Here are some examples for great Objectives:

  • Become our customer’s best friends by Q1
  • Launch an awesome MVP of our product by Q1
  • SMB will be madly in love with our product by Q2
  • Launch a killer release to meet need X of our VIP customers by Q2
  • Totally disrupt the way people share memories by Q4

OKR’s Key Results

Key Results take all that inspirational language and quantify it

How would you measure that objective if you made it? What numbers would move?

KR are a quantitative Success criteria, a common understanding that defines if we succeeded or not by the end of the time.

Successful KR should:

#1 Measurable and Quantifiable

KR’s are your way to stay in touch with the business reality

They tell you if you’re progressing in the right direction and in the right pace.

Everyone in the company knows exactly what he is expected to achieve.

#2 Balance opposing forces

like growth and performance, or revenue and quality, by making sure you have the potentially opposing forces represented.

To create a good balance make sure you set at least 3 Key Results per each Objective

#3 Be challenging but not impossible
As you set the KR, you are looking for the sweet spot where you are pushing yourself and your team to do bigger things, yet not making it impossible.

Finding that sweet spot is very important.

If you are 100% confident that you can meet the KR you’re not pushing yourself

If you think that it would take a miracle to meet the KR, you will not even try to do it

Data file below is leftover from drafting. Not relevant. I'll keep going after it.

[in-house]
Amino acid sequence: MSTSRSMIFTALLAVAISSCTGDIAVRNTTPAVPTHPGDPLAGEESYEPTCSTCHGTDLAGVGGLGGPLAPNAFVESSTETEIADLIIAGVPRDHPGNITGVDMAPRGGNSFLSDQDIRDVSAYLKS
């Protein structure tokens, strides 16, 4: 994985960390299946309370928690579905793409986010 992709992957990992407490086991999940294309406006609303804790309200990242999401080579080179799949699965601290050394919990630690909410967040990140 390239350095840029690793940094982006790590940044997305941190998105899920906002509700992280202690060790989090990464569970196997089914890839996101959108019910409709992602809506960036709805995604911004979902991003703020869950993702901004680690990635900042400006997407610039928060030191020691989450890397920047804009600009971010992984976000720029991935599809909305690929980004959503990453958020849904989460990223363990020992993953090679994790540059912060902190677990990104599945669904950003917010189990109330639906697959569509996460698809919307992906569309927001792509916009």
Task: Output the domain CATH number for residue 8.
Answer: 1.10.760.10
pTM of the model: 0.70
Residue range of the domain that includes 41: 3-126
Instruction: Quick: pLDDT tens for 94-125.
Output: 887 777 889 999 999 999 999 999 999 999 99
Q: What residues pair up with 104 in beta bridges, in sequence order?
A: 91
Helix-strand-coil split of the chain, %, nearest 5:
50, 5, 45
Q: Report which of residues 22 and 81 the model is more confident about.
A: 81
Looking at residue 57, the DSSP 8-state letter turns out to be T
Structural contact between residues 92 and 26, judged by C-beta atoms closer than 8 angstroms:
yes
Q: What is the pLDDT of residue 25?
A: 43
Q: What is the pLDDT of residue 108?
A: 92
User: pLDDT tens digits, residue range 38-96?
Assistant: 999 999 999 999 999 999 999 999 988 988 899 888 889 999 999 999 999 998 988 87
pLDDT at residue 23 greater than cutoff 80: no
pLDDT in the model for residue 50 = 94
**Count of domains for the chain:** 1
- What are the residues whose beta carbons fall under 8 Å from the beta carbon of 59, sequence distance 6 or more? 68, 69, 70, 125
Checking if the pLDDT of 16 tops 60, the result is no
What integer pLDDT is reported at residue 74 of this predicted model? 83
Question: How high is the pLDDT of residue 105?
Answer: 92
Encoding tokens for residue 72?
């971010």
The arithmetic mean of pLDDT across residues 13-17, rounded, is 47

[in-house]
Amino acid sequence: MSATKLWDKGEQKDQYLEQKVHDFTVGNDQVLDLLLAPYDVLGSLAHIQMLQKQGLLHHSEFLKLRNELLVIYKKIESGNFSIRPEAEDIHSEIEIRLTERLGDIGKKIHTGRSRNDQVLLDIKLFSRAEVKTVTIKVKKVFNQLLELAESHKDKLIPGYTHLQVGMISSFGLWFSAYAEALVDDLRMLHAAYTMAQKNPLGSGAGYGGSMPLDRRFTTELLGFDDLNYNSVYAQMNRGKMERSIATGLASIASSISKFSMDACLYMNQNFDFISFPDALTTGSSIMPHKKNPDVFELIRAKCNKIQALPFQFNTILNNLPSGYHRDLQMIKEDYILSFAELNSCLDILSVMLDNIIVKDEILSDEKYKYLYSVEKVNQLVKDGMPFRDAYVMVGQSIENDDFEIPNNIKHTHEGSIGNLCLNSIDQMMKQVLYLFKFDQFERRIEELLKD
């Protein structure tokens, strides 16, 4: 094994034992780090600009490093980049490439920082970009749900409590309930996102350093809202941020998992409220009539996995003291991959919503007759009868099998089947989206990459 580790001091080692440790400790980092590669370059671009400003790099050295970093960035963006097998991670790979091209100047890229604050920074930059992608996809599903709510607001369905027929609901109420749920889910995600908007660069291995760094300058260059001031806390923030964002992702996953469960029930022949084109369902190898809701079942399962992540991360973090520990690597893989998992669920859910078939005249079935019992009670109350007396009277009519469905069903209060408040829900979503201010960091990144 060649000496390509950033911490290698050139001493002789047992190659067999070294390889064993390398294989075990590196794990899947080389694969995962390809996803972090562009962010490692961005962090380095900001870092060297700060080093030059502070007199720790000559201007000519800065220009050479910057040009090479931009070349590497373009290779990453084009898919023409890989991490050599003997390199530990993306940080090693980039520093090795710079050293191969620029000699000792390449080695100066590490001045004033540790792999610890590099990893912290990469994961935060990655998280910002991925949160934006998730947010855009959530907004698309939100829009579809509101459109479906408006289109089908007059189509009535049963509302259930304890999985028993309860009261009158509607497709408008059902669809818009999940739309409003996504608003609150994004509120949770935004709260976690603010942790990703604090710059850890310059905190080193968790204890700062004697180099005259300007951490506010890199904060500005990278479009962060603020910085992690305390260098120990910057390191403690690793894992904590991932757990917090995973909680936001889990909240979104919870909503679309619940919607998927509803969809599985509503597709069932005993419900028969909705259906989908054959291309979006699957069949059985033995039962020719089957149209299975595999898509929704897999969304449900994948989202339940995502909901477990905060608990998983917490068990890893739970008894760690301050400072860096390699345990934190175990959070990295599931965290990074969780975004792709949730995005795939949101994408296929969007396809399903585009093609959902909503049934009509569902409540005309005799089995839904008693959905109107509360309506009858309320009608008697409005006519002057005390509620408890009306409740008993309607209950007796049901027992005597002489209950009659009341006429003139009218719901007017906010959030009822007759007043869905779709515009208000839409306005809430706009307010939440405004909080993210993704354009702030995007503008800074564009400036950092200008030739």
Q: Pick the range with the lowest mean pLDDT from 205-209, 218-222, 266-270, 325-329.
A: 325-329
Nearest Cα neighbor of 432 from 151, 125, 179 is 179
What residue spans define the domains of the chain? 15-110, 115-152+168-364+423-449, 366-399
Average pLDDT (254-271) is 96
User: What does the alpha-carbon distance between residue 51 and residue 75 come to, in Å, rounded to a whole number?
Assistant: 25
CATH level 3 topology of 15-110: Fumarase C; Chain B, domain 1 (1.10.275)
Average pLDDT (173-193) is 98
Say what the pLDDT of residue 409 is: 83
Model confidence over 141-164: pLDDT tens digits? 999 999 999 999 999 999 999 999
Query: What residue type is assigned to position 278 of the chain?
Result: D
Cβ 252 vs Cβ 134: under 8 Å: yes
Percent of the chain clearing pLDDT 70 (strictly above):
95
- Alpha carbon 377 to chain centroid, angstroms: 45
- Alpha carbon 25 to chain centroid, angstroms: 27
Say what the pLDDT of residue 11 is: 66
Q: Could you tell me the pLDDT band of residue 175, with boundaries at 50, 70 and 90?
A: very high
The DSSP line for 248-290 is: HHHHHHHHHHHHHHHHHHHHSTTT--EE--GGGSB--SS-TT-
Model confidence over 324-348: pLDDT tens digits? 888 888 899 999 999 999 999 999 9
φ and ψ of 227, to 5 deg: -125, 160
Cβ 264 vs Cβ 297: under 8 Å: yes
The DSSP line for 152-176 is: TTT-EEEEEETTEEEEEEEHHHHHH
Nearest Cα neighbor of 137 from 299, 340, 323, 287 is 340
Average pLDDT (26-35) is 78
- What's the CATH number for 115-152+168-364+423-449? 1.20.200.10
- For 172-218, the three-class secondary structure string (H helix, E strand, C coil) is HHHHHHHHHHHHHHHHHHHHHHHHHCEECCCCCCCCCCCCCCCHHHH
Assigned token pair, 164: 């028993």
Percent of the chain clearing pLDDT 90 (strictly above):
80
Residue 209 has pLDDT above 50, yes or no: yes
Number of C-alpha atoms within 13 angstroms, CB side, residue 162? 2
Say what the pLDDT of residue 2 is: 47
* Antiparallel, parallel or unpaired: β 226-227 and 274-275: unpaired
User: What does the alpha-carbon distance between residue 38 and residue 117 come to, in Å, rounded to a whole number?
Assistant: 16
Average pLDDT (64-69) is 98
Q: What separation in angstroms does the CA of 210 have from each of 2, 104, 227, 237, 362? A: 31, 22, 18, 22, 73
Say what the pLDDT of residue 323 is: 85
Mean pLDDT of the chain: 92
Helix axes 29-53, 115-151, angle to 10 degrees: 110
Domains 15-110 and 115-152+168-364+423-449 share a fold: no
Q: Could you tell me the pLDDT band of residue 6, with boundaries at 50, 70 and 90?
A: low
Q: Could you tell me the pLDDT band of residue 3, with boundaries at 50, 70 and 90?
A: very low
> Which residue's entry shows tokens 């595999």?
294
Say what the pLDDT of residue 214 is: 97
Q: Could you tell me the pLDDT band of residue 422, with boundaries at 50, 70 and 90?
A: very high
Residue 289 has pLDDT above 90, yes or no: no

Google teams likes to set OKRs such that success means achieving 70% of the KR, while reaching beyond is considered extraordinary performance.

From Re:Work, Google’s official guide to OKRs :

Google often sets goals that are just beyond the threshold of what seems possible, sometimes referred to as “stretch goals.” Creating unachievable goals is tricky as it could be seen as setting a team up for failure. However, more often than not, such goals can tend to attract the best people and create the most exciting work environments. Moreover, when aiming high, even failed goals tend to result in substantial advancements.”

When you set KR in this way they encourage employees to continually push their limits. You never know what you are capable of until you shoot for the moon.
It’s important to communicate to the employees that OKRs are not synonymous with performance evaluation.

Employee performance evaluation should NOT be about how well did his team meet with the planned OKR, It is more about the employee personal contributions and impact on achieving the team OKR and the larger organizational OKRs